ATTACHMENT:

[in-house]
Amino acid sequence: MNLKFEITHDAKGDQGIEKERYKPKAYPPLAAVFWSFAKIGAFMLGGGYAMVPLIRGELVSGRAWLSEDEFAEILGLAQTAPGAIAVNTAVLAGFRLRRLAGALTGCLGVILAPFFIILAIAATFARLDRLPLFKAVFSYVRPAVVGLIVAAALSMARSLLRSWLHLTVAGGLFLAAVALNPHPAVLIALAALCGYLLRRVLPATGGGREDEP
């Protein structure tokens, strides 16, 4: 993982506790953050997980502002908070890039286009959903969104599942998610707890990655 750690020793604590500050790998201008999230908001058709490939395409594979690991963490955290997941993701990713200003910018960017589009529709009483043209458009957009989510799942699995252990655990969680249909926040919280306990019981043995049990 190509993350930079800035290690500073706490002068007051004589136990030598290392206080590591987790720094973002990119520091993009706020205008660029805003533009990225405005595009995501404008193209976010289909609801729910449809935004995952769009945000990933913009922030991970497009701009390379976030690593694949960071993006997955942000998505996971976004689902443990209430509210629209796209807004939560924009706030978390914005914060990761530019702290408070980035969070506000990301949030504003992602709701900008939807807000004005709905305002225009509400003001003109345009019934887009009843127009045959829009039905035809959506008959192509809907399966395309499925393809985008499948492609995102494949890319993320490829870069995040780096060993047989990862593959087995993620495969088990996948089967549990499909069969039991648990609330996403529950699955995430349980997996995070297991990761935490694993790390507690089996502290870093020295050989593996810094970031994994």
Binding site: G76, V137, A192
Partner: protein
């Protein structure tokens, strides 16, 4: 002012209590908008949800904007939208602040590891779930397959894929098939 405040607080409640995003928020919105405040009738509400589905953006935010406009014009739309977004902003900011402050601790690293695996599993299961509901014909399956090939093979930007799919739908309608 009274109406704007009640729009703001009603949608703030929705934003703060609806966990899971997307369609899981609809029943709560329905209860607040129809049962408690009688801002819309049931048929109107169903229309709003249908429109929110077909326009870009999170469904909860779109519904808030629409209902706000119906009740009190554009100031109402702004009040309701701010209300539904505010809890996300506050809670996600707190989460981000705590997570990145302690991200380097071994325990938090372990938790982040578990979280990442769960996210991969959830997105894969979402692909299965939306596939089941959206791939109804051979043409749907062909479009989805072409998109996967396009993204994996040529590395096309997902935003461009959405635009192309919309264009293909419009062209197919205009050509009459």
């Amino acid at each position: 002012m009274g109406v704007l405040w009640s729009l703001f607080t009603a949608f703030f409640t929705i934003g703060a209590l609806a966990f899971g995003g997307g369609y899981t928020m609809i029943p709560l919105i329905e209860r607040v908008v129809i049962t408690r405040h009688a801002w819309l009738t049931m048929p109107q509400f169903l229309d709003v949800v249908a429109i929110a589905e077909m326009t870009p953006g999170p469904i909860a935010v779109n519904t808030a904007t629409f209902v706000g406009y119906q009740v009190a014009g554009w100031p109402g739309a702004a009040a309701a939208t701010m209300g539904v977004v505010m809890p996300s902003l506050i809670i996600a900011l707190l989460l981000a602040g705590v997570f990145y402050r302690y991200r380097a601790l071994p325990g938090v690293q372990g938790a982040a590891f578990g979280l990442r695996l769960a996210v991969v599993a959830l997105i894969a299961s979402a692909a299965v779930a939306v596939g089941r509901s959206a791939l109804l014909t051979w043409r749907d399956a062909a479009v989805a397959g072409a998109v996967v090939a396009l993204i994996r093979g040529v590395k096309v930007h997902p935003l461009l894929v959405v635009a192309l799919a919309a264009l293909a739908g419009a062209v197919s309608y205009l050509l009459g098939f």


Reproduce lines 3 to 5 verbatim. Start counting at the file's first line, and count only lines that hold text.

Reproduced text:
């Protein structure tokens, strides 16, 4: 993982506790953050997980502002908070890039286009959903969104599942998610707890990655 750690020793604590500050790998201008999230908001058709490939395409594979690991963490955290997941993701990713200003910018960017589009529709009483043209458009957009989510799942699995252990655990969680249909926040919280306990019981043995049990 190509993350930079800035290690500073706490002068007051004589136990030598290392206080590591987790720094973002990119520091993009706020205008660029805003533009990225405005595009995501404008193209976010289909609801729910449809935004995952769009945000990933913009922030991970497009701009390379976030690593694949960071993006997955942000998505996971976004689902443990209430509210629209796209807004939560924009706030978390914005914060990761530019702290408070980035969070506000990301949030504003992602709701900008939807807000004005709905305002225009509400003001003109345009019934887009009843127009045959829009039905035809959506008959192509809907399966395309499925393809985008499948492609995102494949890319993320490829870069995040780096060993047989990862593959087995993620495969088990996948089967549990499909069969039991648990609330996403529950699955995430349980997996995070297991990761935490694993790390507690089996502290870093020295050989593996810094970031994994």
Binding site: G76, V137, A192
Partner: protein